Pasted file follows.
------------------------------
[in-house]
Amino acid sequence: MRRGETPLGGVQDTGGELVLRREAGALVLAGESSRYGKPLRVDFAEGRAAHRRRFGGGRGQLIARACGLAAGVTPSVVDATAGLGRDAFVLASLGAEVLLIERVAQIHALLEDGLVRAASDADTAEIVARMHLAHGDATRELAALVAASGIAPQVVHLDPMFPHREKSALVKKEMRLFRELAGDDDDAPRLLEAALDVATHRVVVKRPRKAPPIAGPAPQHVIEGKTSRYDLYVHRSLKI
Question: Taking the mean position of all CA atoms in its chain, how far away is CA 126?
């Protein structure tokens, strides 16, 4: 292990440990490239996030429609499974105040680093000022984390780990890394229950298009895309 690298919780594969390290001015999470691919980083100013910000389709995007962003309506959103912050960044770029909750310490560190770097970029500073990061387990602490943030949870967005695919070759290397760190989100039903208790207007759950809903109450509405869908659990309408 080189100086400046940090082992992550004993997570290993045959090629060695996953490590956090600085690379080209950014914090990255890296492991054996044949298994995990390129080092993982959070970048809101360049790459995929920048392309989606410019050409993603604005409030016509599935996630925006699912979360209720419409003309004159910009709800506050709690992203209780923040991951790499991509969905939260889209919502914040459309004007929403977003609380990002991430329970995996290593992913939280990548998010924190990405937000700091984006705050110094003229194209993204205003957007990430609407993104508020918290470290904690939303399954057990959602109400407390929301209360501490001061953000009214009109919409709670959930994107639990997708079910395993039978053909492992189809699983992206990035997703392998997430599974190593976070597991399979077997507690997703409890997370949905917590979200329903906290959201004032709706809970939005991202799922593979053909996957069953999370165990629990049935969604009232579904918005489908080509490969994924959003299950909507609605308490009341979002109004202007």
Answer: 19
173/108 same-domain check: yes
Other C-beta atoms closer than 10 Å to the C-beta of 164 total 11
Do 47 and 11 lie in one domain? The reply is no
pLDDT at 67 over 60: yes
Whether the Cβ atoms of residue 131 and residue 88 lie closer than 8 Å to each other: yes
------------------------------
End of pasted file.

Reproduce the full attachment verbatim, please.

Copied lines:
[in-house]
Amino acid sequence: MRRGETPLGGVQDTGGELVLRREAGALVLAGESSRYGKPLRVDFAEGRAAHRRRFGGGRGQLIARACGLAAGVTPSVVDATAGLGRDAFVLASLGAEVLLIERVAQIHALLEDGLVRAASDADTAEIVARMHLAHGDATRELAALVAASGIAPQVVHLDPMFPHREKSALVKKEMRLFRELAGDDDDAPRLLEAALDVATHRVVVKRPRKAPPIAGPAPQHVIEGKTSRYDLYVHRSLKI
Question: Taking the mean position of all CA atoms in its chain, how far away is CA 126?
């Protein structure tokens, strides 16, 4: 292990440990490239996030429609499974105040680093000022984390780990890394229950298009895309 690298919780594969390290001015999470691919980083100013910000389709995007962003309506959103912050960044770029909750310490560190770097970029500073990061387990602490943030949870967005695919070759290397760190989100039903208790207007759950809903109450509405869908659990309408 080189100086400046940090082992992550004993997570290993045959090629060695996953490590956090600085690379080209950014914090990255890296492991054996044949298994995990390129080092993982959070970048809101360049790459995929920048392309989606410019050409993603604005409030016509599935996630925006699912979360209720419409003309004159910009709800506050709690992203209780923040991951790499991509969905939260889209919502914040459309004007929403977003609380990002991430329970995996290593992913939280990548998010924190990405937000700091984006705050110094003229194209993204205003957007990430609407993104508020918290470290904690939303399954057990959602109400407390929301209360501490001061953000009214009109919409709670959930994107639990997708079910395993039978053909492992189809699983992206990035997703392998997430599974190593976070597991399979077997507690997703409890997370949905917590979200329903906290959201004032709706809970939005991202799922593979053909996957069953999370165990629990049935969604009232579904918005489908080509490969994924959003299950909507609605308490009341979002109004202007």
Answer: 19
173/108 same-domain check: yes
Other C-beta atoms closer than 10 Å to the C-beta of 164 total 11
Do 47 and 11 lie in one domain? The reply is no
pLDDT at 67 over 60: yes
Whether the Cβ atoms of residue 131 and residue 88 lie closer than 8 Å to each other: yes